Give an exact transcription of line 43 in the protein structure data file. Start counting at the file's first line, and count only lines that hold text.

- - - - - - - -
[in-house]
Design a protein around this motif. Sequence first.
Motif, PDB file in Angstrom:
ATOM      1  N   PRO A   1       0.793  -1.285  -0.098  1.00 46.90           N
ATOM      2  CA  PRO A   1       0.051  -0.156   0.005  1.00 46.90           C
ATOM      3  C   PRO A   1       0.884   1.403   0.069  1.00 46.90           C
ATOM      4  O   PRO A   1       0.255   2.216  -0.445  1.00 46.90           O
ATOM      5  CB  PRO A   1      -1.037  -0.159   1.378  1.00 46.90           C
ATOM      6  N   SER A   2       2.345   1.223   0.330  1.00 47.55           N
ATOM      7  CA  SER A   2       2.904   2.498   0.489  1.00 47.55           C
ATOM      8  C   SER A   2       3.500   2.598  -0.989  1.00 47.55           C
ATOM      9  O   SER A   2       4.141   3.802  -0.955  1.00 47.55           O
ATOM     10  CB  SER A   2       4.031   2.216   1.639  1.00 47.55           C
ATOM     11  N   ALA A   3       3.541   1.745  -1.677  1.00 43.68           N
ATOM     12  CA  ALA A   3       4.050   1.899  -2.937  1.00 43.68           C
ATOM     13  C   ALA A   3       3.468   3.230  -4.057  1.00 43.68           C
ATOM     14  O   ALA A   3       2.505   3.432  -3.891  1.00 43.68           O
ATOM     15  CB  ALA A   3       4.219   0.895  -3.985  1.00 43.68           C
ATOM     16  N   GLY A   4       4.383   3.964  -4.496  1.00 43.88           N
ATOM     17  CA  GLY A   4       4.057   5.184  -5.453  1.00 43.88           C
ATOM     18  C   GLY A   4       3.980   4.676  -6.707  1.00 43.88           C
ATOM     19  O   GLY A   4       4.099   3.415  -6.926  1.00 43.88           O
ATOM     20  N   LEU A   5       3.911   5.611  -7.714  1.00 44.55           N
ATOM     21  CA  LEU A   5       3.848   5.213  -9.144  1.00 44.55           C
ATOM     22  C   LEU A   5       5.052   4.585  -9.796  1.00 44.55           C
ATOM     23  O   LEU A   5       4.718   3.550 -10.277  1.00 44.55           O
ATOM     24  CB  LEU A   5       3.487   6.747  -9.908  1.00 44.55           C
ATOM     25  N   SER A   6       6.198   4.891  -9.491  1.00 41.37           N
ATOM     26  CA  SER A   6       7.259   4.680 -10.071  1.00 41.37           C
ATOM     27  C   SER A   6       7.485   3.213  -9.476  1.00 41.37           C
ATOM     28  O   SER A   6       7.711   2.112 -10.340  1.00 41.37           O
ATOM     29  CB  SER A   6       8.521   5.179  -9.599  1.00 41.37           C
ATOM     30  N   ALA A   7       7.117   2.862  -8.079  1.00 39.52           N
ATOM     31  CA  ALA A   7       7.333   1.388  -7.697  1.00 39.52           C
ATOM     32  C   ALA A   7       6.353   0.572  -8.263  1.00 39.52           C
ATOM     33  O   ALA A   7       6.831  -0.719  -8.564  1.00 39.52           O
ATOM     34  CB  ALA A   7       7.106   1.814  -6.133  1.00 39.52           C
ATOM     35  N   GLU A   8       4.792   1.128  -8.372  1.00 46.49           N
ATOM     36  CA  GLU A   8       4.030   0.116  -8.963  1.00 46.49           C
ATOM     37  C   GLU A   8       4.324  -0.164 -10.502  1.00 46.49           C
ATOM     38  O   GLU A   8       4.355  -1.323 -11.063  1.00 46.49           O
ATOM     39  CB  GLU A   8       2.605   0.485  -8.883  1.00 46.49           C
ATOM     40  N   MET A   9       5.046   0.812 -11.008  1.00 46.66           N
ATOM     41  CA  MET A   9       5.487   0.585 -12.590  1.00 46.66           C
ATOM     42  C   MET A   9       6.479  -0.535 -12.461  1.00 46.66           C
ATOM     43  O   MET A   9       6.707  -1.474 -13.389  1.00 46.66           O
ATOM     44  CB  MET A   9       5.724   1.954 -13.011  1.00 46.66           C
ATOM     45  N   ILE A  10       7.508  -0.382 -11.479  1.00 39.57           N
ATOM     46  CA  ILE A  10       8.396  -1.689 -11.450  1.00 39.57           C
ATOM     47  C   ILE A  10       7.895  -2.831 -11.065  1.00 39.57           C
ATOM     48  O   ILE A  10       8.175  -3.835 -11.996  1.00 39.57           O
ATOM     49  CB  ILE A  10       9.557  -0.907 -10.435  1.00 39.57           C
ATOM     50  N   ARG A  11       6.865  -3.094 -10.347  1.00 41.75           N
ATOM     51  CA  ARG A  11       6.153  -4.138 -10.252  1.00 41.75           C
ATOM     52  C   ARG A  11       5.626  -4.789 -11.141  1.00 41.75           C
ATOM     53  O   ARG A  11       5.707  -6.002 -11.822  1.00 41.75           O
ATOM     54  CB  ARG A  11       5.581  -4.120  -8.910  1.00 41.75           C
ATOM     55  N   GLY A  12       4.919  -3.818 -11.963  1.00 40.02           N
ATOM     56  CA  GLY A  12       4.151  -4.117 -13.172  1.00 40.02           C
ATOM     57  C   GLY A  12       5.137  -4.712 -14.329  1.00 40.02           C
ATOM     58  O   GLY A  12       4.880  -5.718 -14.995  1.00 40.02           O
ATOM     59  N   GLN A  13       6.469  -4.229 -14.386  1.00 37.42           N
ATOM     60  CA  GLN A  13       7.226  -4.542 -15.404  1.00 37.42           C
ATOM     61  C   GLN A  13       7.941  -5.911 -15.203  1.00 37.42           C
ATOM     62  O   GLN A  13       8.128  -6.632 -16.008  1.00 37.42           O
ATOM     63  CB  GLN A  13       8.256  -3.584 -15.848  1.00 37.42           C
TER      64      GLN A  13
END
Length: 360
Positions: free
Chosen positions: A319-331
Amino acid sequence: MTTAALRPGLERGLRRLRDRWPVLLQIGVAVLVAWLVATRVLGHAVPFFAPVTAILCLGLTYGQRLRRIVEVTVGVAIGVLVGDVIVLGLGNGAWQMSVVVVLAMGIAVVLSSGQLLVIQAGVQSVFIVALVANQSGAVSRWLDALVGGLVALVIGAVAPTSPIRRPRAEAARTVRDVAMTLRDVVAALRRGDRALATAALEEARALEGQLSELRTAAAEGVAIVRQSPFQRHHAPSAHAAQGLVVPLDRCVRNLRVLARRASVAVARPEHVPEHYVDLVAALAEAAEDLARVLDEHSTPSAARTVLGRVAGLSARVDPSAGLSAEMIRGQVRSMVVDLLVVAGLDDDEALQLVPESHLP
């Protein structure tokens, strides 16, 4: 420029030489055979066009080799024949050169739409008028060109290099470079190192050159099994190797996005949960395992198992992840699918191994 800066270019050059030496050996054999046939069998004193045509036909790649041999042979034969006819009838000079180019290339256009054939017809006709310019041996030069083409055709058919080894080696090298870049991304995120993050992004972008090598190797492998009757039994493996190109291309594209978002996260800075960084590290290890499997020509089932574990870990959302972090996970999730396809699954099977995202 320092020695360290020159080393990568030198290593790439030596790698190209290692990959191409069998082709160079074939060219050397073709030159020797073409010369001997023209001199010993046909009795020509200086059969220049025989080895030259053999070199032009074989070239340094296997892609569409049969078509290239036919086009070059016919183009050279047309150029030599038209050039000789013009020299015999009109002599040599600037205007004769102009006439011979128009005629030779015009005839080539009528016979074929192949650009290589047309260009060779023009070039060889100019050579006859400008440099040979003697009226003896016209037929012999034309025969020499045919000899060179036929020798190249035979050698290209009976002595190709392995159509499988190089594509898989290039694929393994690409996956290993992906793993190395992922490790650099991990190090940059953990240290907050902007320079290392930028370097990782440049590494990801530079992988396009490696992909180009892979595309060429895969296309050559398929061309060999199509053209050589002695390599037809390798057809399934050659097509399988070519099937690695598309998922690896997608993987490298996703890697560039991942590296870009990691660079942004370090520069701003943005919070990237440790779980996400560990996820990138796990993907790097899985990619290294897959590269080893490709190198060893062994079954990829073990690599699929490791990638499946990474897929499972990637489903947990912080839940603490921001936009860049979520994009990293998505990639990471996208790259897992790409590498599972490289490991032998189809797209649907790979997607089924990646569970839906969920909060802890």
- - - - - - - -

ATOM     40  N   MET A   9       5.046   0.812 -11.008  1.00 46.66           N